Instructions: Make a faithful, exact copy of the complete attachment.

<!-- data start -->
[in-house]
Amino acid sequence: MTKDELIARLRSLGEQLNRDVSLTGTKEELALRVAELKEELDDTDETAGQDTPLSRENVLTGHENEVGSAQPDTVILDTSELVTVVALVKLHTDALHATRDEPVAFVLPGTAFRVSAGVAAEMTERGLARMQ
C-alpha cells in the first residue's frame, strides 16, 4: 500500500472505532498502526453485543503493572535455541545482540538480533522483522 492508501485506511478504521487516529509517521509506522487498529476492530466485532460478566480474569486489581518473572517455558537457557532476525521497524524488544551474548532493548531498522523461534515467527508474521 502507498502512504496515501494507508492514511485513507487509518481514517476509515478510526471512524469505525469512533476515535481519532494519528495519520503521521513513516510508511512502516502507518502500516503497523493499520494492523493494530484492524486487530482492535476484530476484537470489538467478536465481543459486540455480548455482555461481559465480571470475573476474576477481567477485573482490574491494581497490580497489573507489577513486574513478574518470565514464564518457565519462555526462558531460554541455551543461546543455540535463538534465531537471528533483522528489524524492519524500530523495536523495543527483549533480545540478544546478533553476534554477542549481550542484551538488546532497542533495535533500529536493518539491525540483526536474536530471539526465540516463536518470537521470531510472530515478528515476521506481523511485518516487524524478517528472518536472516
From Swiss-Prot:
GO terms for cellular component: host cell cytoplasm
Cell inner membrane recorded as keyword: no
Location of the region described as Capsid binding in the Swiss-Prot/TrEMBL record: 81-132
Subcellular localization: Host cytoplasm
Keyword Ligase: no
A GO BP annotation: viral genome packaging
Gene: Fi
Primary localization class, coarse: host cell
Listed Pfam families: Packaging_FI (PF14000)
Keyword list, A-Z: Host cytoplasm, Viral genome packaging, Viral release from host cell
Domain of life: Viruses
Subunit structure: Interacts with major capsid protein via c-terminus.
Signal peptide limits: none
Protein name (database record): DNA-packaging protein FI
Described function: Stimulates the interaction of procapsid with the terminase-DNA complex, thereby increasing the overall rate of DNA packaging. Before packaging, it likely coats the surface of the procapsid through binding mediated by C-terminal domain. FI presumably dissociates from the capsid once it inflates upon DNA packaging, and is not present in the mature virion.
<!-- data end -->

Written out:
[in-house]
Amino acid sequence: MTKDELIARLRSLGEQLNRDVSLTGTKEELALRVAELKEELDDTDETAGQDTPLSRENVLTGHENEVGSAQPDTVILDTSELVTVVALVKLHTDALHATRDEPVAFVLPGTAFRVSAGVAAEMTERGLARMQ
C-alpha cells in the first residue's frame, strides 16, 4: 500500500472505532498502526453485543503493572535455541545482540538480533522483522 492508501485506511478504521487516529509517521509506522487498529476492530466485532460478566480474569486489581518473572517455558537457557532476525521497524524488544551474548532493548531498522523461534515467527508474521 502507498502512504496515501494507508492514511485513507487509518481514517476509515478510526471512524469505525469512533476515535481519532494519528495519520503521521513513516510508511512502516502507518502500516503497523493499520494492523493494530484492524486487530482492535476484530476484537470489538467478536465481543459486540455480548455482555461481559465480571470475573476474576477481567477485573482490574491494581497490580497489573507489577513486574513478574518470565514464564518457565519462555526462558531460554541455551543461546543455540535463538534465531537471528533483522528489524524492519524500530523495536523495543527483549533480545540478544546478533553476534554477542549481550542484551538488546532497542533495535533500529536493518539491525540483526536474536530471539526465540516463536518470537521470531510472530515478528515476521506481523511485518516487524524478517528472518536472516
From Swiss-Prot:
GO terms for cellular component: host cell cytoplasm
Cell inner membrane recorded as keyword: no
Location of the region described as Capsid binding in the Swiss-Prot/TrEMBL record: 81-132
Subcellular localization: Host cytoplasm
Keyword Ligase: no
A GO BP annotation: viral genome packaging
Gene: Fi
Primary localization class, coarse: host cell
Listed Pfam families: Packaging_FI (PF14000)
Keyword list, A-Z: Host cytoplasm, Viral genome packaging, Viral release from host cell
Domain of life: Viruses
Subunit structure: Interacts with major capsid protein via c-terminus.
Signal peptide limits: none
Protein name (database record): DNA-packaging protein FI
Described function: Stimulates the interaction of procapsid with the terminase-DNA complex, thereby increasing the overall rate of DNA packaging. Before packaging, it likely coats the surface of the procapsid through binding mediated by C-terminal domain. FI presumably dissociates from the capsid once it inflates upon DNA packaging, and is not present in the mature virion.